“I have never seen a service like (these new) reports,” added Veronica Hicks, a broker for Irvine-based Condos Etc. “No one can be certain of … the financial health of a community, the culture of the community and the quality of management and board oversight. This would be a very beneficial report to a buyer, for a homeowners’ association as well as the members.”
A packet of HOA documents provided during escrow should be adequate to determine an association’s soundness, said Dawn Bauman, a government and public affairs vice president for the Community Associations Institute, an HOA educational organization. Provided, that is, a buyer takes the time to read and understand all that paperwork.
But agents and product providers say association documentation, which can range up to 300 pages or more, often comes late in the escrow process and is so daunting, many buyers don’t read it.
“They just don’t know what they’re looking at. They don’t know how to analyze a condo association,” Gardner said.
“If you’re thinking about spending $500,000 on a condo, $50 is one of the cheapest things and one of the wisest things you can do. … It just helps the buyer know what they’re getting into,” Nordlund said.
Special assessment risk
The Champlain Towers board received bad news about their building’s condition almost three years before the tragedy on June 24, 2021. The once-luxurious towers needed extensive repairs totaling $15 million. To pay for that, the board needed to levy a “special assessment” on unit owners, ranging from $80,000 to at least $200,000 apiece. But condo owners resisted.
Report providers say their products can help shoppers assess an association’s risk of a future special assessment, which are paid on top of monthly dues.
“If we see (an HOAs’) reserves are low and the roof needs to be replaced shortly, you can foresee a large increase in fees,” InspectHOA’s Malhotra said.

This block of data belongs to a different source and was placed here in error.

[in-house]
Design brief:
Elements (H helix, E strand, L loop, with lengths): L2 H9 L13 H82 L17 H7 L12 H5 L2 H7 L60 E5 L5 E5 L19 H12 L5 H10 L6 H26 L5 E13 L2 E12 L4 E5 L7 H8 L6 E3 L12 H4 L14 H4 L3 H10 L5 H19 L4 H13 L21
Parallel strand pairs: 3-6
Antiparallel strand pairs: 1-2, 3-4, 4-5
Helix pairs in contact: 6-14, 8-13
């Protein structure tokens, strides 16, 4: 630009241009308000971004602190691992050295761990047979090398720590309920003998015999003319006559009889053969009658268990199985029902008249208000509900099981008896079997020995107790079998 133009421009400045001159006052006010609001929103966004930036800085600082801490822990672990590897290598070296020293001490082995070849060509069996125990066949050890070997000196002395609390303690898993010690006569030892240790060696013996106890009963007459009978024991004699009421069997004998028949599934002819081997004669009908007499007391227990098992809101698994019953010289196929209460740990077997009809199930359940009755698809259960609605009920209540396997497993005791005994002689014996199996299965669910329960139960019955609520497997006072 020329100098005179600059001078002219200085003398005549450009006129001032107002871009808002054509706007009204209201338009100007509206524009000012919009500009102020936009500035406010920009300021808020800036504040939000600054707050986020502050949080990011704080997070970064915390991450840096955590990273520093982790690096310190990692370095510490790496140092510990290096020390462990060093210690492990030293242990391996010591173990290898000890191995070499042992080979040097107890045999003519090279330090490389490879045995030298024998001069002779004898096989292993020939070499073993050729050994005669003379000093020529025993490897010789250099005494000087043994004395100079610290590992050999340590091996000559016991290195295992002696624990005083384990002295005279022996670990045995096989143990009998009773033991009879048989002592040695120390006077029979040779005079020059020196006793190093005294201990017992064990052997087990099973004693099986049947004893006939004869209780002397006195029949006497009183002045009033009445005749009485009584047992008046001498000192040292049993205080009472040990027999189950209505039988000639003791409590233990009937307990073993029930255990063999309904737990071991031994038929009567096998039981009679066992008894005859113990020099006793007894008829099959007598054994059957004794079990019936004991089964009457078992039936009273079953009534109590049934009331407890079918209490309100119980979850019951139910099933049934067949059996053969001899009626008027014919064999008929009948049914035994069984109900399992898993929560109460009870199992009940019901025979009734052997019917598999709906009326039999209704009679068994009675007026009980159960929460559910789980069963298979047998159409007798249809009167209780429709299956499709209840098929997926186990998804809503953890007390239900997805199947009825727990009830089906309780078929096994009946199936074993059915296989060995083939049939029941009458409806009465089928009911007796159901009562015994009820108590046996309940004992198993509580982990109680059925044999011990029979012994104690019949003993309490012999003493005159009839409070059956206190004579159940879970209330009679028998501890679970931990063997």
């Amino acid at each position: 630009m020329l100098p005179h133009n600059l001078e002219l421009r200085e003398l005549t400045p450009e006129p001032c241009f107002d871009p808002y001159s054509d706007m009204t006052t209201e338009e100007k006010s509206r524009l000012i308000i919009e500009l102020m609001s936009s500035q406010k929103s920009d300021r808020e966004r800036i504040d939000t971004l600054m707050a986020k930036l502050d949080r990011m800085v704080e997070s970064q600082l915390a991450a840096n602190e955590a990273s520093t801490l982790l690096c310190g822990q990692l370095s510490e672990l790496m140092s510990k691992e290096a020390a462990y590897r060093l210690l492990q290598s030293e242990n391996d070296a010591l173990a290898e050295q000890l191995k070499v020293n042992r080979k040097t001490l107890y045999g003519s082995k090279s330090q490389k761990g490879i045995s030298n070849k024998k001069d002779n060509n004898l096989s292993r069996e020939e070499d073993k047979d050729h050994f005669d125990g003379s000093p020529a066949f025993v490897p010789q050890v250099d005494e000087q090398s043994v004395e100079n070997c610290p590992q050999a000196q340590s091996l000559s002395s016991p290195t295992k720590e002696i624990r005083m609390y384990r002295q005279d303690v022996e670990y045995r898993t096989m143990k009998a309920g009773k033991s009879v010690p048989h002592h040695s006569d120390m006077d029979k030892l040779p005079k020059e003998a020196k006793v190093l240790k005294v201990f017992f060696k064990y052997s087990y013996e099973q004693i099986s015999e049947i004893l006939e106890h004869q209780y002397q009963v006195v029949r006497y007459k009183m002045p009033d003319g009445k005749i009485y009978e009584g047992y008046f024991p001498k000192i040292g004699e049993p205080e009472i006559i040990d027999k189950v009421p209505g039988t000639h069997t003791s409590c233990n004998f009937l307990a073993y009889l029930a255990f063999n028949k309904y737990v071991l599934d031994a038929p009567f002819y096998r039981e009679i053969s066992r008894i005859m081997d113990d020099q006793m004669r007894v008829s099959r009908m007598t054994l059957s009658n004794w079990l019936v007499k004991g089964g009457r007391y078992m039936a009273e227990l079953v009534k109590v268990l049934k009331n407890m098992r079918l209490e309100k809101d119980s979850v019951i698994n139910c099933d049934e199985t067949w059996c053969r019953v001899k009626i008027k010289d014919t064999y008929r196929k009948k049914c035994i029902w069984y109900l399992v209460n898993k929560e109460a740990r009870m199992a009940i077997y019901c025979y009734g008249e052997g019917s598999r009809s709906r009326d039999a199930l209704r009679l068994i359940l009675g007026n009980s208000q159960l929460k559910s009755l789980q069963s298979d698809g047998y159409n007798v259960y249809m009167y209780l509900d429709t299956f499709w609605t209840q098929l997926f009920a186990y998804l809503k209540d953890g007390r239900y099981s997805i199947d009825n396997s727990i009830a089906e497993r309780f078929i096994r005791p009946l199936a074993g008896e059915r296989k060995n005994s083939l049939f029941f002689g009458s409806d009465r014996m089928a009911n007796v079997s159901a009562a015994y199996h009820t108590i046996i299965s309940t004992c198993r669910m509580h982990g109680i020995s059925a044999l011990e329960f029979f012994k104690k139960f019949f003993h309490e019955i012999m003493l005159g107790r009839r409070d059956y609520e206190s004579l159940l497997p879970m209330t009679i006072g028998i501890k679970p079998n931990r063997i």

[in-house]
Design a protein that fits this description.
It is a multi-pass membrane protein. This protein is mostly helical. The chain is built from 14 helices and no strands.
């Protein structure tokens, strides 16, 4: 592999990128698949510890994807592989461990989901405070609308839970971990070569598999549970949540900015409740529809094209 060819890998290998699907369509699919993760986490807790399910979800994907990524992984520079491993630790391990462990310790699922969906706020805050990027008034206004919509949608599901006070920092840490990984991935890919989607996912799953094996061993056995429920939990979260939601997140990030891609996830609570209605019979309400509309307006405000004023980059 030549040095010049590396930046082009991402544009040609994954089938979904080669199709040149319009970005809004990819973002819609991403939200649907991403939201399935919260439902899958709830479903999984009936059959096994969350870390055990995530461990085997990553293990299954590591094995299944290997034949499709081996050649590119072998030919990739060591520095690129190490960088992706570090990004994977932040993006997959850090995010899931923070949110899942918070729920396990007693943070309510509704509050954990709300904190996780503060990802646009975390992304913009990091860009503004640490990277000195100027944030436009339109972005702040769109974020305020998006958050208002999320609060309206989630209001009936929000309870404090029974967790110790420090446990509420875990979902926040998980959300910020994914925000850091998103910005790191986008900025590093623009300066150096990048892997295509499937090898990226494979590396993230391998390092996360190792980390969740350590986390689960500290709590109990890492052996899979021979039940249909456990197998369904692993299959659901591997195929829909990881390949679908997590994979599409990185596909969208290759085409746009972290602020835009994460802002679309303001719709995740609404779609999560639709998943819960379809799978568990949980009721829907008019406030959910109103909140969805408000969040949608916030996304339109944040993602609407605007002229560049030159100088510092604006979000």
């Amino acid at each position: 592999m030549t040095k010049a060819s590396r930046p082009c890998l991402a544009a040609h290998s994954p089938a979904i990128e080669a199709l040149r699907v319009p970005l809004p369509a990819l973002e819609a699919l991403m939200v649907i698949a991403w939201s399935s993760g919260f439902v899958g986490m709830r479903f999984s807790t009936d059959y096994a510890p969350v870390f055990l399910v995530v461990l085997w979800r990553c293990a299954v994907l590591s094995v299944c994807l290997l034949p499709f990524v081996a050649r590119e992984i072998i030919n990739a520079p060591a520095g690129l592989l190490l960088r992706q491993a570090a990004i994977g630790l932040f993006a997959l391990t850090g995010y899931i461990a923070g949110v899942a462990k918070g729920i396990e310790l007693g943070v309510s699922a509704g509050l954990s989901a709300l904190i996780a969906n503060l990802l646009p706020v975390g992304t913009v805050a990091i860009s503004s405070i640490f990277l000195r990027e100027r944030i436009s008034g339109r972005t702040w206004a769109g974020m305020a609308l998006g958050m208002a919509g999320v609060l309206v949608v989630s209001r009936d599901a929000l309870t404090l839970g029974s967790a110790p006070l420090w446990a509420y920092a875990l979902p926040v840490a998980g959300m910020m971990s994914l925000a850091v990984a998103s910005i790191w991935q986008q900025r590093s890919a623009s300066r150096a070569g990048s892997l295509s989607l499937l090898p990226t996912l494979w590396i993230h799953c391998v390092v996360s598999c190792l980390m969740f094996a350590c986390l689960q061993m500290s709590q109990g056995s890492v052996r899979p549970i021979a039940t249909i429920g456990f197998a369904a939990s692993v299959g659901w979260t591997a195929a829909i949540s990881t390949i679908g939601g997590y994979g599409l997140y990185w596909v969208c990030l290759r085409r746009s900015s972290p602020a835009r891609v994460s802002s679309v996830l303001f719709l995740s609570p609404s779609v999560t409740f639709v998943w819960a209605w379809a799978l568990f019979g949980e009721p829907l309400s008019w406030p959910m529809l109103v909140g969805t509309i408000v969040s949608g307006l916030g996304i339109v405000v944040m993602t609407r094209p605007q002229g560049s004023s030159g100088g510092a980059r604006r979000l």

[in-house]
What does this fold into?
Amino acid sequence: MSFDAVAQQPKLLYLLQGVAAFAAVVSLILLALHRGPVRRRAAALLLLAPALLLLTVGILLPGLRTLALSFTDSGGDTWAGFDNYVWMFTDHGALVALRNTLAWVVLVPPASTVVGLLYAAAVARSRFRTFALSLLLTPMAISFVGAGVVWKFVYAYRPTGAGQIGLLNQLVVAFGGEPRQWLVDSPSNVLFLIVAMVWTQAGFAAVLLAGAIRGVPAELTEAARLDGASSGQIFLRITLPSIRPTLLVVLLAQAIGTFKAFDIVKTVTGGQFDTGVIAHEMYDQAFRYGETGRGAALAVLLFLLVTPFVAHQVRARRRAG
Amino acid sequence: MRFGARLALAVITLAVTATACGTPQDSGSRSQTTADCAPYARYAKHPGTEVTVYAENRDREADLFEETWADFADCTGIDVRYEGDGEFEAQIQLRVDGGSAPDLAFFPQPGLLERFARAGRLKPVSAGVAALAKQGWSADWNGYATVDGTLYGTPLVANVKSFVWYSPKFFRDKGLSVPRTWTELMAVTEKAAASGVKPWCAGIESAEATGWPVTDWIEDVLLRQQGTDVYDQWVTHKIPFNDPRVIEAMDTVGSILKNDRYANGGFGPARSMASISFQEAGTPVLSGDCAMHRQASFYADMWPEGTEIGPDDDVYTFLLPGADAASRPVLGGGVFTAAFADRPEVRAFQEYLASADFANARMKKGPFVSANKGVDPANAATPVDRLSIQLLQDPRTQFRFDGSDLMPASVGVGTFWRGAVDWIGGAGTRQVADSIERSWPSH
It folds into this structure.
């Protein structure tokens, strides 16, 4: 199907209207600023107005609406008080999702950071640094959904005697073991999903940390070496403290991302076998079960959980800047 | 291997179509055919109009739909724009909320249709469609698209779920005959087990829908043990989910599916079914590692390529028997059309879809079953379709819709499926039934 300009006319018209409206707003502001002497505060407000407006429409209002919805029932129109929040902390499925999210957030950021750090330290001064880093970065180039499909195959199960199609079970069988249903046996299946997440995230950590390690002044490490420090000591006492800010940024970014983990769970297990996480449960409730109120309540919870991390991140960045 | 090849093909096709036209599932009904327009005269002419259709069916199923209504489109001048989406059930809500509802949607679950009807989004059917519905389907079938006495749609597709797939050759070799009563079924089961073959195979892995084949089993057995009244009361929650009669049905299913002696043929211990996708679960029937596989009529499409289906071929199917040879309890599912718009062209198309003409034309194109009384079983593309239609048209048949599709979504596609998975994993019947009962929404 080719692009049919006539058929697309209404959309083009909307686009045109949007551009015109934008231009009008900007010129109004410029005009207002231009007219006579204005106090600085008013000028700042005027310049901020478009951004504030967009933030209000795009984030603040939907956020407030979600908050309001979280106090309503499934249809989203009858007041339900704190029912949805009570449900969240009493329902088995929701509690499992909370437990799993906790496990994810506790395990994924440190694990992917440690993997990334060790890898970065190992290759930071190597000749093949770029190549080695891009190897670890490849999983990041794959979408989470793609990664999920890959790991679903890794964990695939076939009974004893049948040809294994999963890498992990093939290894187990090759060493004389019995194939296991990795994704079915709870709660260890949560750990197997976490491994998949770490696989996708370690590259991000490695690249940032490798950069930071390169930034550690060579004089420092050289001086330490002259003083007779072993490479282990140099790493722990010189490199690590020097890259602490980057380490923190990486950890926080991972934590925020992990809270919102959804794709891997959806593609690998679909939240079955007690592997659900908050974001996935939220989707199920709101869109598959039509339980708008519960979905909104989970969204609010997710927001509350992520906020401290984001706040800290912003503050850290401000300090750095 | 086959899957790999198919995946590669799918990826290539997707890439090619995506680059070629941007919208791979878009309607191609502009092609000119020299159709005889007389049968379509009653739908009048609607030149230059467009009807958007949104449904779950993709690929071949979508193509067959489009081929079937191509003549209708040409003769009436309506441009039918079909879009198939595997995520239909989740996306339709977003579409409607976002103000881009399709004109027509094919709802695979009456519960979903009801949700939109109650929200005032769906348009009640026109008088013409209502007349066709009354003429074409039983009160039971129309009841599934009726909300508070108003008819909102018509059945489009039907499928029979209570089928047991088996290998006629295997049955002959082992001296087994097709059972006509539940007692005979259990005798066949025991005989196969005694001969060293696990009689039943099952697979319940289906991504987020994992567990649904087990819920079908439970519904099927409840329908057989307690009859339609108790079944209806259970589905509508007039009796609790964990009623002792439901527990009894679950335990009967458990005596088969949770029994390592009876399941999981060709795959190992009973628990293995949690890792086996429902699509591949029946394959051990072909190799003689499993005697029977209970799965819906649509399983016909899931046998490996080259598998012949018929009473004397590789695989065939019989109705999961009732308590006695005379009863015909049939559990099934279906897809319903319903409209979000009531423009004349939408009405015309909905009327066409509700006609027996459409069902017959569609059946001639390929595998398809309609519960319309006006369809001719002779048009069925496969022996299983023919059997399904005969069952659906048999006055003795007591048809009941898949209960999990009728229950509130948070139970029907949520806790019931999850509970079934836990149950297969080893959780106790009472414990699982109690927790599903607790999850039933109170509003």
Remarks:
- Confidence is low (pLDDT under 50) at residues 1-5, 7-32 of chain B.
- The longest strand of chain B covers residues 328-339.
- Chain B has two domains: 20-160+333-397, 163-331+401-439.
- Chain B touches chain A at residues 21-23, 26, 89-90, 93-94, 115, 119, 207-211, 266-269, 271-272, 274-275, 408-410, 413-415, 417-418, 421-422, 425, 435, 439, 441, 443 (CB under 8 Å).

Kelly Richardson, a Pasadena-based HOA attorney and a weekly contributor to the Southern California News Group, said Association Reserves’ AIM product is “the first legitimate company effort of this regard.”
But the product is far from ready. The AIM database requires thousands of HOAs to log onto the company’s website and upload their data.
Nordlund says the company report typically will be 11 pages long, covering an HOAs’ financial health, the property’s maintenance history and how well run the association is.
Roughly half of HOAs have adequate reserves to pay for necessary maintenance as their buildings age, Nordlund said. Condo owners tend to elect board members who promise to keep monthly dues in check, often undermining an association’s financial soundness.
AIM seeks to give condo owners a “virtuous goal” of improving their score, rather than the destructive incentive of lowering their HOA dues and deferring maintenance.
The Condofax report covers six categories, including compliance with state laws, the HOA’s financial condition, maintenance reserves, mortgage options for buyers and insurance.
Transparency HOA provides a one-page report focusing on financial aspects of an HOA, plus a score. The volunteer-run organization doesn’t charge for its reports, although donations are welcome. Co-founder Amber Gill maintains her team is more willing to share bad news about an HOA because it’s independent.
“It’s hard for me to believe (commercial providers) are going to bite the hand that feeds them,” she said.
Richardson said he’s unsure the reports will be adequate to fully evaluate an HOA.
“I am concerned that the information, while helpful, could be overstated in its significance,” he said. “HOAs can change quickly, and I am concerned about how the reported data would be kept current.”
He also doubts these reports alone will be sufficient to prevent future tragedies like the Champlain Towers collapse. But the collapse cast a spotlight “on how bad condos are” and the need for owners and condo shoppers alike to get better access to information, providers said.
“It’s the reason the world changed,” Nordlund said of the Surfside tragedy. “It’s the reason we spent a lot of time and money (developing this product). So the future could be different.”